Due to popular demand we were asked to do a review of the recent AR15 setups we helped put together for some customers who came to Contact Front for advice.
We would like to stipulate that Contact Front does not sell small arms and are not planning to do so. On the other hand, we do offer consultancy services to individuals, recreational shooters, companies, … to the best of our knowledge and experience, in order to give these enthusiasts, the best available options concerning small arms and their future purchase.
In 2018 I personally came up with the idea of building an AR15 platform for myself. Discussing the project with other enthusiasts, I quickly concluded that I could make the project available to others who are in need of information regarding their needs in building their own AR15.
If you look at the current market in Europe, you have some great setups readily available from well-known companies. However, if you have a close look most of them have some bits you don’t like and this on a personal preference basis. Being it the pistol grip, stock, overall color, barrel length, handguard type, flash hider, upper receiver, lower receiver, charging handle, … there is almost always minimum one piece on the setup that isn’t to your likings.
Therefore, I decided to choose my own setup and start from scratch. Nevertheless, before choosing my wish list, a lot of studying went beforehand. One of my key requirements was the aspect of Mil-spec. Mil-spec isn’t a brand of some sort and neither is it a quality label like: mil-spec = the best quality. “Mil-Spec” is a term that refers to Military Specifications or standards. More to the point, any firearm made for the U.S. Military is Mil-Spec and the only firearms that are truly Mil-Spec are made for the U.S. Military. Anything that is “mil-spec” is required to be held to specific standards, made of specific materials, made to specific tolerances, pass government level inspections and testing, and received mil-spec certifications stating that the firearms meet the Military Standard or “Mil-Std”. Only weapons in the US military can be truly mil-spec. So as a civilian you can never assemble a 100% mil-spec AR15. Only certain parts will be Mil-spec.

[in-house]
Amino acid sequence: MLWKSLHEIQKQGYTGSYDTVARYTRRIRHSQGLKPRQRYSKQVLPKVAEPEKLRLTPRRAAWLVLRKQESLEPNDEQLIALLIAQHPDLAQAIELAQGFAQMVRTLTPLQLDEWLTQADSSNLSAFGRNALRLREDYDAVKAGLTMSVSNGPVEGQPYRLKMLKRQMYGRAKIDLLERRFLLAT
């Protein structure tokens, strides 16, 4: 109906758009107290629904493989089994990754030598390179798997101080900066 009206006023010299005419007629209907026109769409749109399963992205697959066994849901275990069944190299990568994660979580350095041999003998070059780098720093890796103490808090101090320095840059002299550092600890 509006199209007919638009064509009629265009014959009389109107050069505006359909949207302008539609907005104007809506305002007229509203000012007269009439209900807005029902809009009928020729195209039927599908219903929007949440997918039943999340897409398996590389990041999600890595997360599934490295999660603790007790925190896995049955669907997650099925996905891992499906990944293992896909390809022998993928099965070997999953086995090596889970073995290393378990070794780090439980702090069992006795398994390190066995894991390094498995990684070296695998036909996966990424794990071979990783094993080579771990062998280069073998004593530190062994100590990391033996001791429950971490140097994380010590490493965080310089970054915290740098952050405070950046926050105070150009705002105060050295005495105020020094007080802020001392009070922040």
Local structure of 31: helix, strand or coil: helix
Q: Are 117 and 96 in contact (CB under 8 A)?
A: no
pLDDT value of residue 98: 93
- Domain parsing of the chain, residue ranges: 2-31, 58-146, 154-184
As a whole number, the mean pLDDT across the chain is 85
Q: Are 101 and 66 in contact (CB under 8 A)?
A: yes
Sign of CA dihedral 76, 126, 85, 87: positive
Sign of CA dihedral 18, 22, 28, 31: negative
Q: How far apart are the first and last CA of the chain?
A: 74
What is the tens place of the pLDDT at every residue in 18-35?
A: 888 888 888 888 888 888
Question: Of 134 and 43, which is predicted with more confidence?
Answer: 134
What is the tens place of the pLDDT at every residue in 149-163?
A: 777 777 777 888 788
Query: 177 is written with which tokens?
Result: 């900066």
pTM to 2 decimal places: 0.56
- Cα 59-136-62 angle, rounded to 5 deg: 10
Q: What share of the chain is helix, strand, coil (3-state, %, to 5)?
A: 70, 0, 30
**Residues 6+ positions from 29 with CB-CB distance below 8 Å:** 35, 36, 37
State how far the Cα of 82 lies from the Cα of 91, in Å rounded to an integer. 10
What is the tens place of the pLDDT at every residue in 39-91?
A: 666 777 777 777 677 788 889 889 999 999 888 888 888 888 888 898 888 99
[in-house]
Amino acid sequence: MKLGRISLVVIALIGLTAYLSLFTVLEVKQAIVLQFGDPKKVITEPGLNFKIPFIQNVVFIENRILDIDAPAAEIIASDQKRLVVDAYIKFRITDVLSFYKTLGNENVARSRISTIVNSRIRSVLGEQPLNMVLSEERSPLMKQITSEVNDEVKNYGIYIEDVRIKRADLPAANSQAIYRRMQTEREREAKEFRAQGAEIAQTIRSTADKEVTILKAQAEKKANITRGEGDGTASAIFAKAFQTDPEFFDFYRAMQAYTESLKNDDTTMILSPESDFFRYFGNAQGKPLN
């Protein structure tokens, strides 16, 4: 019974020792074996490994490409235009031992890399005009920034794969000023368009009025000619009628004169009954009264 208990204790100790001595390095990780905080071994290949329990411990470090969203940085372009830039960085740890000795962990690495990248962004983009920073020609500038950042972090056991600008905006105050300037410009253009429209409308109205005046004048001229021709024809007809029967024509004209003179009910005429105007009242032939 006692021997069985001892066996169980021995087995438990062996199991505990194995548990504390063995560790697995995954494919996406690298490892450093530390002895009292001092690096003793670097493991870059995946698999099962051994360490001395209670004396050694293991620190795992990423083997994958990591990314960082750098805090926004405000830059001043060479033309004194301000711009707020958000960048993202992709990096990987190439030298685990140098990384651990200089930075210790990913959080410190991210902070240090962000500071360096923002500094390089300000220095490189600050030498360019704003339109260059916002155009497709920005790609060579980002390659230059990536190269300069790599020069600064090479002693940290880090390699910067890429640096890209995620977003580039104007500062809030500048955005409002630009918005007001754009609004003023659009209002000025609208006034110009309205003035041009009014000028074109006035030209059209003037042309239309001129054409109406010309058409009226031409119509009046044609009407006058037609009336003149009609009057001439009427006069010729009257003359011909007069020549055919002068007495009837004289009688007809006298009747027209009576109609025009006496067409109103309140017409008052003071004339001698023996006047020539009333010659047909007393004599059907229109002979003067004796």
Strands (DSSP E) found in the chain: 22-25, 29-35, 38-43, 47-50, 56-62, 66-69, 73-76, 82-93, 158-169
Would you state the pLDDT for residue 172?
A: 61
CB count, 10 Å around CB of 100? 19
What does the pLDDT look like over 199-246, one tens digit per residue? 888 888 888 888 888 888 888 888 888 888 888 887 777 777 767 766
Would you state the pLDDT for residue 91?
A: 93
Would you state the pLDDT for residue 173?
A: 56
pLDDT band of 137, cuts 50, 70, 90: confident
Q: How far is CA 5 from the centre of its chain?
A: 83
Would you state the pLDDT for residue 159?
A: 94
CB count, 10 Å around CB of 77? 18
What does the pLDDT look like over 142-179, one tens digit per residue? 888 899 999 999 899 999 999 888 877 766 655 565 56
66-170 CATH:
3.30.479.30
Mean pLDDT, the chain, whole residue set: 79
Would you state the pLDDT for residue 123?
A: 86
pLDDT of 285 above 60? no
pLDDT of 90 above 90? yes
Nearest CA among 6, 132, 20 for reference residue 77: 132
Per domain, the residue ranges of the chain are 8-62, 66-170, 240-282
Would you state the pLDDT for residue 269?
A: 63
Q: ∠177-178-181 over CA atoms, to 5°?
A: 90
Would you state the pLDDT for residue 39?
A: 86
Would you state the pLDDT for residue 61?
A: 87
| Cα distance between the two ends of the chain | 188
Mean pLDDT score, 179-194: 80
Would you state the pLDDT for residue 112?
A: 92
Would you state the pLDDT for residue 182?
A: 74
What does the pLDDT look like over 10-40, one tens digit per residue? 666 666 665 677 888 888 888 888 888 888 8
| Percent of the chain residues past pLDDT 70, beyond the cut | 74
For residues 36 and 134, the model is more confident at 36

As you can see, we have two builds in a different finish. I will refer to the “BLK” (Black) and “FDE” (Flat Dark Earth) versions for specific differences. I am going to describe the setups of the AR’s from front to back as it should be ;-)
Starting at the tip of the spear is a Surefire Warcomp compensator. During the initial setup my eye fell on the Epsilon VG6. Being a great flash hider/compensator combo, it’s a bit on the loud side especially when shooting indoors. Being a surefire fan I finally opted for the Warcomp, which performance wise is in the same range as the VG6 but a bit more easy on the ears.
The barrel on the FDE is a hammered forged, government profile, 12,5” Daniel Defense in 5.56/.223, 1-7 twist and a carbine length gas system. As the barrel is one of the most important parts of the rifle, I decided not to be too greedy when choosing one and go with a renowned brand like DD.
On the BLK one we have installed a CMMG one to the same specs as the Daniel Defense. However, a little bit heavier being a full width barrel.
I am not going to discuss here “why” I specifically choose the 12.5” but I can assure you that the information, concerning precision and power, the 12.5” can stand its ground with the typical 14.5” and even 16” barrels.
The gas block is a standard low profile steel one with a nitride finish and with a .750" gas journal. The gas tube is a standard carbine length steel version so nothing special there.